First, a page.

You can’t read about a health study without seeing the phrase “such and such is linked to such and such” or it’s variation of “such and such is associated with such and such.”
If you read “driving a car is associated with heart disease,” what would you think? You would probably think “Well, that’s a load of BS,” but you would be wrong. Or you would probably be wrong…I haven’t seen a study that links driving a car to heart disease, but I think it’s a pretty safe bet that most people who have heart disease also drive cars.
The problem with “linked to” and “associated with” is that people think that means the same thing as “such and such causes such and such.” Guess what? It doesn’t.
When a behavior is “linked to” or “associated with” a certain outcome (like obesity, diabetes, cancer or premature death), all that means is that behavior and that outcome were observed as happening in the same people more than it doesn’t happen.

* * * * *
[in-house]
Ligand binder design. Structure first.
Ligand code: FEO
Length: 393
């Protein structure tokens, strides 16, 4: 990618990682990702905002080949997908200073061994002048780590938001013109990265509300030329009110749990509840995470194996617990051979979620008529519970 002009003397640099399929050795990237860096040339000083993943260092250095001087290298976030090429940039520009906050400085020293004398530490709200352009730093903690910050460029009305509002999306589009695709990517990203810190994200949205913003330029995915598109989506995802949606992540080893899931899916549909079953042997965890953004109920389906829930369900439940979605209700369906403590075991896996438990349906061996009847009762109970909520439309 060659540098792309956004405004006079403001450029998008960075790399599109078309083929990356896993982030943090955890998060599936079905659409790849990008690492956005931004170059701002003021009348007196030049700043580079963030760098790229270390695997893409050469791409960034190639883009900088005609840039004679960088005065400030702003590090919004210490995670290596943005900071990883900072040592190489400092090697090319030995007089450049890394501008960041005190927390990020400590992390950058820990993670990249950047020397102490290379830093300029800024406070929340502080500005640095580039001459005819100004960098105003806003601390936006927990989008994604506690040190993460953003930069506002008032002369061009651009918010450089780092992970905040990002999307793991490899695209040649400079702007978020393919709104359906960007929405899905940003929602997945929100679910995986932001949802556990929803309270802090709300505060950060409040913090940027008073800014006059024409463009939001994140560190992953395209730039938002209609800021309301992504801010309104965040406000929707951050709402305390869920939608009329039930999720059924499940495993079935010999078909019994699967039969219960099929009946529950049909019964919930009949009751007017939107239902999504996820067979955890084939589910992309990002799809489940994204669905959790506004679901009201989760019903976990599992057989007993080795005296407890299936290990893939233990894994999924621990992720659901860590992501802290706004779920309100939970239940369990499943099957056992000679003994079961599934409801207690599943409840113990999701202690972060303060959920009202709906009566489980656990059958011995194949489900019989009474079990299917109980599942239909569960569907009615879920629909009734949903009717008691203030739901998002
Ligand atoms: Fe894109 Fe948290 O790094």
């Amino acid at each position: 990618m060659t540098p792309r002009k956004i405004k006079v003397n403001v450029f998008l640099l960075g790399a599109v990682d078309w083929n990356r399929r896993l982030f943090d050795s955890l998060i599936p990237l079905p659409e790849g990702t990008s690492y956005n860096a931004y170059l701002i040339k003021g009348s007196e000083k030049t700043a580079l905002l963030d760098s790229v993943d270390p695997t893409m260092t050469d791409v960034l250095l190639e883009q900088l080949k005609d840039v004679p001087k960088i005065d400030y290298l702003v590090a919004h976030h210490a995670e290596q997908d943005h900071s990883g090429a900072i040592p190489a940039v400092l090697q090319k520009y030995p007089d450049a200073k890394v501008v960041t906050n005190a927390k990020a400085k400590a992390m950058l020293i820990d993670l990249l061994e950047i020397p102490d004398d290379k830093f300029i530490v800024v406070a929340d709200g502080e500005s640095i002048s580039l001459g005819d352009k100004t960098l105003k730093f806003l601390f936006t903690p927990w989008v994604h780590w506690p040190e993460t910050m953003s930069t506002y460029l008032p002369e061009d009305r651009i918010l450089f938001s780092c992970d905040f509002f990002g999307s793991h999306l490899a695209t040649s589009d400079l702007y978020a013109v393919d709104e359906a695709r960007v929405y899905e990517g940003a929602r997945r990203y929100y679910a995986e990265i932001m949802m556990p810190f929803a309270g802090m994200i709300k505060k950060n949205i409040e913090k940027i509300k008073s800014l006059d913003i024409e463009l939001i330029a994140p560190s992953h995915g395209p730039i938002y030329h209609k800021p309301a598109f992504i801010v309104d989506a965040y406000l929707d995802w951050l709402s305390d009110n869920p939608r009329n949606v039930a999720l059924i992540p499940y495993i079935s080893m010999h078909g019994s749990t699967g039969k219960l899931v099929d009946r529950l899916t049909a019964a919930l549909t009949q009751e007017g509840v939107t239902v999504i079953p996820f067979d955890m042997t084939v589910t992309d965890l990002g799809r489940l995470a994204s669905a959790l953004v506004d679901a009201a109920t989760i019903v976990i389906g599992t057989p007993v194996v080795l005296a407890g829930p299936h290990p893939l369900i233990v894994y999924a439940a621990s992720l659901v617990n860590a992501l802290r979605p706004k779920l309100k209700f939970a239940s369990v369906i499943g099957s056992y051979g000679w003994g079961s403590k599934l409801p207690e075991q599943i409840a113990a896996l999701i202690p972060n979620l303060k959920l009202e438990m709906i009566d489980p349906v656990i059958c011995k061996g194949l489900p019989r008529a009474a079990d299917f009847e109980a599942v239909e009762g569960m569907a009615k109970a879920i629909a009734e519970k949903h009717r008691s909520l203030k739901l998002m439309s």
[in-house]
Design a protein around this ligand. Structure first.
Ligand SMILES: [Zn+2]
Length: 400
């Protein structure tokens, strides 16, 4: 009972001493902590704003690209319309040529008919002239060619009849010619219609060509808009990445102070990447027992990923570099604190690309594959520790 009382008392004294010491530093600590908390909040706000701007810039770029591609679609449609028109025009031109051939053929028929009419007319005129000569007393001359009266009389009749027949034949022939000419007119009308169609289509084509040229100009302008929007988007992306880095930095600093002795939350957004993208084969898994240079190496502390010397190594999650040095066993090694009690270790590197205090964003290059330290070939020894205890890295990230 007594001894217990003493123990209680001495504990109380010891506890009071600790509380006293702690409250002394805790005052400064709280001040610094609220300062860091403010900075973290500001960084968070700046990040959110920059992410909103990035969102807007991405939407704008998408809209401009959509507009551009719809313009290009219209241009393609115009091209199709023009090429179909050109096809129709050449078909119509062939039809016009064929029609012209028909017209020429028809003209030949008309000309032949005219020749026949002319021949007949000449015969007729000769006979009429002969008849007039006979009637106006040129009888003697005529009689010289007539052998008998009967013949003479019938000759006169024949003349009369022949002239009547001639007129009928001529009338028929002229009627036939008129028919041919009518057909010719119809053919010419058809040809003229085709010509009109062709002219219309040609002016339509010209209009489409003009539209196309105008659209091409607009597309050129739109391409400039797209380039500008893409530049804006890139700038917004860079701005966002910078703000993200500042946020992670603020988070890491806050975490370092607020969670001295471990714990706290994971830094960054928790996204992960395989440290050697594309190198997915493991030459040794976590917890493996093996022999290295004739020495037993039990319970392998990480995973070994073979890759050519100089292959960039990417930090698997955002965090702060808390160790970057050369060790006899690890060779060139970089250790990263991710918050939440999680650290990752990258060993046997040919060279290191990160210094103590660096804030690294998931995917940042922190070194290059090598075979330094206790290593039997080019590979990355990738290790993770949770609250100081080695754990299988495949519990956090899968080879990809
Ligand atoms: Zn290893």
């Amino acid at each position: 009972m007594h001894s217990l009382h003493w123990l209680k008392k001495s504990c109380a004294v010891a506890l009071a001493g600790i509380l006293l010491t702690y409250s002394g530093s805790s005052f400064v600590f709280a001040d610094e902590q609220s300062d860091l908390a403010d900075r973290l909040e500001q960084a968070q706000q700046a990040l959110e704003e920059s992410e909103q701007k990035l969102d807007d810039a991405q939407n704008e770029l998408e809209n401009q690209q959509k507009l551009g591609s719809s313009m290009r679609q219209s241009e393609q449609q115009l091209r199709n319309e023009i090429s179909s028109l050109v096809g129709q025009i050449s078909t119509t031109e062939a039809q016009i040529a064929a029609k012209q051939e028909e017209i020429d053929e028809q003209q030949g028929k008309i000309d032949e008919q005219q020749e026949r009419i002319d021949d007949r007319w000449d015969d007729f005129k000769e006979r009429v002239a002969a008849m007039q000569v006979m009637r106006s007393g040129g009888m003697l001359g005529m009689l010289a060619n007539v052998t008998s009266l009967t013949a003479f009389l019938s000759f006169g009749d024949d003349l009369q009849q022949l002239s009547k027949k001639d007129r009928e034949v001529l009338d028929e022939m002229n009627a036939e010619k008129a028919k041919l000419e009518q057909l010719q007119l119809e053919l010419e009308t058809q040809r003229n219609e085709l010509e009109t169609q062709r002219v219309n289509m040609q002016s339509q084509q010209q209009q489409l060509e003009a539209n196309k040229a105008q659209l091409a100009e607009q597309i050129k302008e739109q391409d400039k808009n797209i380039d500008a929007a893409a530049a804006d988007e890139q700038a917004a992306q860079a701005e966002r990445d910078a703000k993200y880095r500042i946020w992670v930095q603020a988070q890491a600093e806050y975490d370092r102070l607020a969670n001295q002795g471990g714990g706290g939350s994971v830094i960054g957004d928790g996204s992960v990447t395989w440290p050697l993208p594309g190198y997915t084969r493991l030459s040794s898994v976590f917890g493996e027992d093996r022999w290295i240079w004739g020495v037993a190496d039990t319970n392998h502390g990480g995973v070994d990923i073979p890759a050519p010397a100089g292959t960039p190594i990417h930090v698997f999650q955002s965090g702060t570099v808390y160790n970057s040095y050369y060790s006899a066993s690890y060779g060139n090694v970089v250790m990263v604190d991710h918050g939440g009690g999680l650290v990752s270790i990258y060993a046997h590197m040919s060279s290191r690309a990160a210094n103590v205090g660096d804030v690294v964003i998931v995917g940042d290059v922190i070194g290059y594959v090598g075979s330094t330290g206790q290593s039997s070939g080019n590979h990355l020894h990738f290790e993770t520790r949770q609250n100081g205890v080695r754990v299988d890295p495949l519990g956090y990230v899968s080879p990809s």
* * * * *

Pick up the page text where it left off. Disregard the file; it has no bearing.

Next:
Driving a car and heart disease presents a kind of apples and oranges scenario. Those two things so clearly don’t seem to go together, that you simply don’t believe any suggestion that they do. But what if you put these combos together:
- Exercise and longevity
- Vegetable intake and cancer risk
- Whole grain intake and cholesterol levels
You wouldn’t bat an eye, would you? Well, each of those behavior-outcome combos has been examined in more than one study, and yes, links have been found and associations have been made. But what about cause and effect?
Specifically, what about all of those associations between whole grains and heart disease, whole grains and type 2 diabetes, whole grains and colon cancer, whole grains and body weight. Associations, yes, but cause and effect? Well look at the details tomorrow.